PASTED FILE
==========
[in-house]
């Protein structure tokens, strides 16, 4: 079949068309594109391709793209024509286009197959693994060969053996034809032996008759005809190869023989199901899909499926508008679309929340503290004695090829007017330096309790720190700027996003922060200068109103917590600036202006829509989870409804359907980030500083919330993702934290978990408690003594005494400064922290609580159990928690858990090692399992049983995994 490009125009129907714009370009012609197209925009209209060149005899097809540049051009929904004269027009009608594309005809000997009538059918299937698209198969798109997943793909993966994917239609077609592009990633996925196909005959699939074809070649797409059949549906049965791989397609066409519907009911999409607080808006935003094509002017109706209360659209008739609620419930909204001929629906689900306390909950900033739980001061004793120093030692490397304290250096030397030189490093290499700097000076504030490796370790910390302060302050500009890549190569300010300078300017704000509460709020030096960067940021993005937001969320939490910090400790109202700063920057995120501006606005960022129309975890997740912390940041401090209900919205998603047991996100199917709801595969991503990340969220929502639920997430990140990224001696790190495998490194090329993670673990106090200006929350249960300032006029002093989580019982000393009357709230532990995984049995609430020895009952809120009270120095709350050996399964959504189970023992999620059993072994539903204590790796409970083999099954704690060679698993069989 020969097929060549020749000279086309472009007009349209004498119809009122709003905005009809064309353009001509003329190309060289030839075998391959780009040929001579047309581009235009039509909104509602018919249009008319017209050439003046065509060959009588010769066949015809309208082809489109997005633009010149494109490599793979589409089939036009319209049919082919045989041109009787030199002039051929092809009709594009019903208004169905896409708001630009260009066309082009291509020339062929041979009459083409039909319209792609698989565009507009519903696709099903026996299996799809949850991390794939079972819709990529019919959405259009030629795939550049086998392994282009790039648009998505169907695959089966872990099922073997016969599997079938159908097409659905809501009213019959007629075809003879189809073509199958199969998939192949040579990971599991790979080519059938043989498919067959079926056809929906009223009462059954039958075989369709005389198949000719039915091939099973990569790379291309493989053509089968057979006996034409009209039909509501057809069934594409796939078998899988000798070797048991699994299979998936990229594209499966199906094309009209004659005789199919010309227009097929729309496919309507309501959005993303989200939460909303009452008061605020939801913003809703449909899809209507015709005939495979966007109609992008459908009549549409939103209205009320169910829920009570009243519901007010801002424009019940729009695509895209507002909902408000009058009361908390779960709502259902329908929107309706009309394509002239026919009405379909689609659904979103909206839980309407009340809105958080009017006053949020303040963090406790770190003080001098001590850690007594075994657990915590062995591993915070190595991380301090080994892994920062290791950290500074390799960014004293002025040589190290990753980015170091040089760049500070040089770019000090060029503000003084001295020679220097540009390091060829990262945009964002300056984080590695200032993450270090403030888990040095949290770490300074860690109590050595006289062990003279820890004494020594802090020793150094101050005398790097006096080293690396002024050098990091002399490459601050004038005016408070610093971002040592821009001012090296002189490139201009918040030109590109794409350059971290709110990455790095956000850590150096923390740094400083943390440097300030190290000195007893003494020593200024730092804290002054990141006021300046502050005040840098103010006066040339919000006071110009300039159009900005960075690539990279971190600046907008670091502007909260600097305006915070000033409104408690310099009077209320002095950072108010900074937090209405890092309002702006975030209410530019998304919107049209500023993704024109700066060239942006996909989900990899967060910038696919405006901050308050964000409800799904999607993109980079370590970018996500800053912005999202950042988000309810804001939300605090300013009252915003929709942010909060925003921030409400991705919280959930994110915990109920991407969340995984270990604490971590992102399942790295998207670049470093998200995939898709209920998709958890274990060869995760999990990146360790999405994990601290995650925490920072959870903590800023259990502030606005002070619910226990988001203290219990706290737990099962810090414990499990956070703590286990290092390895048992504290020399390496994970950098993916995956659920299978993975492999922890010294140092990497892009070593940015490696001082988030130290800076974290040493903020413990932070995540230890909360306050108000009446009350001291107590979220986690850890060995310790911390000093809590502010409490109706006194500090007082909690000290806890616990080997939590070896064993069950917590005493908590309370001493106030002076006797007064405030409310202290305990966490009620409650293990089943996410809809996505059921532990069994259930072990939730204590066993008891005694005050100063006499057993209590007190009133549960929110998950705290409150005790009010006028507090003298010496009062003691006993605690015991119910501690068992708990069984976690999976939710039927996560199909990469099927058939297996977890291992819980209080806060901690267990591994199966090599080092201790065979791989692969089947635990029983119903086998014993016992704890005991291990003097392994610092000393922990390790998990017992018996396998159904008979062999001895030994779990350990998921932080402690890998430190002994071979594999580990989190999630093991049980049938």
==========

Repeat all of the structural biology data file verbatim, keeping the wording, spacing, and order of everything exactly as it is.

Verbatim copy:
[in-house]
């Protein structure tokens, strides 16, 4: 079949068309594109391709793209024509286009197959693994060969053996034809032996008759005809190869023989199901899909499926508008679309929340503290004695090829007017330096309790720190700027996003922060200068109103917590600036202006829509989870409804359907980030500083919330993702934290978990408690003594005494400064922290609580159990928690858990090692399992049983995994 490009125009129907714009370009012609197209925009209209060149005899097809540049051009929904004269027009009608594309005809000997009538059918299937698209198969798109997943793909993966994917239609077609592009990633996925196909005959699939074809070649797409059949549906049965791989397609066409519907009911999409607080808006935003094509002017109706209360659209008739609620419930909204001929629906689900306390909950900033739980001061004793120093030692490397304290250096030397030189490093290499700097000076504030490796370790910390302060302050500009890549190569300010300078300017704000509460709020030096960067940021993005937001969320939490910090400790109202700063920057995120501006606005960022129309975890997740912390940041401090209900919205998603047991996100199917709801595969991503990340969220929502639920997430990140990224001696790190495998490194090329993670673990106090200006929350249960300032006029002093989580019982000393009357709230532990995984049995609430020895009952809120009270120095709350050996399964959504189970023992999620059993072994539903204590790796409970083999099954704690060679698993069989 020969097929060549020749000279086309472009007009349209004498119809009122709003905005009809064309353009001509003329190309060289030839075998391959780009040929001579047309581009235009039509909104509602018919249009008319017209050439003046065509060959009588010769066949015809309208082809489109997005633009010149494109490599793979589409089939036009319209049919082919045989041109009787030199002039051929092809009709594009019903208004169905896409708001630009260009066309082009291509020339062929041979009459083409039909319209792609698989565009507009519903696709099903026996299996799809949850991390794939079972819709990529019919959405259009030629795939550049086998392994282009790039648009998505169907695959089966872990099922073997016969599997079938159908097409659905809501009213019959007629075809003879189809073509199958199969998939192949040579990971599991790979080519059938043989498919067959079926056809929906009223009462059954039958075989369709005389198949000719039915091939099973990569790379291309493989053509089968057979006996034409009209039909509501057809069934594409796939078998899988000798070797048991699994299979998936990229594209499966199906094309009209004659005789199919010309227009097929729309496919309507309501959005993303989200939460909303009452008061605020939801913003809703449909899809209507015709005939495979966007109609992008459908009549549409939103209205009320169910829920009570009243519901007010801002424009019940729009695509895209507002909902408000009058009361908390779960709502259902329908929107309706009309394509002239026919009405379909689609659904979103909206839980309407009340809105958080009017006053949020303040963090406790770190003080001098001590850690007594075994657990915590062995591993915070190595991380301090080994892994920062290791950290500074390799960014004293002025040589190290990753980015170091040089760049500070040089770019000090060029503000003084001295020679220097540009390091060829990262945009964002300056984080590695200032993450270090403030888990040095949290770490300074860690109590050595006289062990003279820890004494020594802090020793150094101050005398790097006096080293690396002024050098990091002399490459601050004038005016408070610093971002040592821009001012090296002189490139201009918040030109590109794409350059971290709110990455790095956000850590150096923390740094400083943390440097300030190290000195007893003494020593200024730092804290002054990141006021300046502050005040840098103010006066040339919000006071110009300039159009900005960075690539990279971190600046907008670091502007909260600097305006915070000033409104408690310099009077209320002095950072108010900074937090209405890092309002702006975030209410530019998304919107049209500023993704024109700066060239942006996909989900990899967060910038696919405006901050308050964000409800799904999607993109980079370590970018996500800053912005999202950042988000309810804001939300605090300013009252915003929709942010909060925003921030409400991705919280959930994110915990109920991407969340995984270990604490971590992102399942790295998207670049470093998200995939898709209920998709958890274990060869995760999990990146360790999405994990601290995650925490920072959870903590800023259990502030606005002070619910226990988001203290219990706290737990099962810090414990499990956070703590286990290092390895048992504290020399390496994970950098993916995956659920299978993975492999922890010294140092990497892009070593940015490696001082988030130290800076974290040493903020413990932070995540230890909360306050108000009446009350001291107590979220986690850890060995310790911390000093809590502010409490109706006194500090007082909690000290806890616990080997939590070896064993069950917590005493908590309370001493106030002076006797007064405030409310202290305990966490009620409650293990089943996410809809996505059921532990069994259930072990939730204590066993008891005694005050100063006499057993209590007190009133549960929110998950705290409150005790009010006028507090003298010496009062003691006993605690015991119910501690068992708990069984976690999976939710039927996560199909990469099927058939297996977890291992819980209080806060901690267990591994199966090599080092201790065979791989692969089947635990029983119903086998014993016992704890005991291990003097392994610092000393922990390790998990017992018996396998159904008979062999001895030994779990350990998921932080402690890998430190002994071979594999580990989190999630093991049980049938």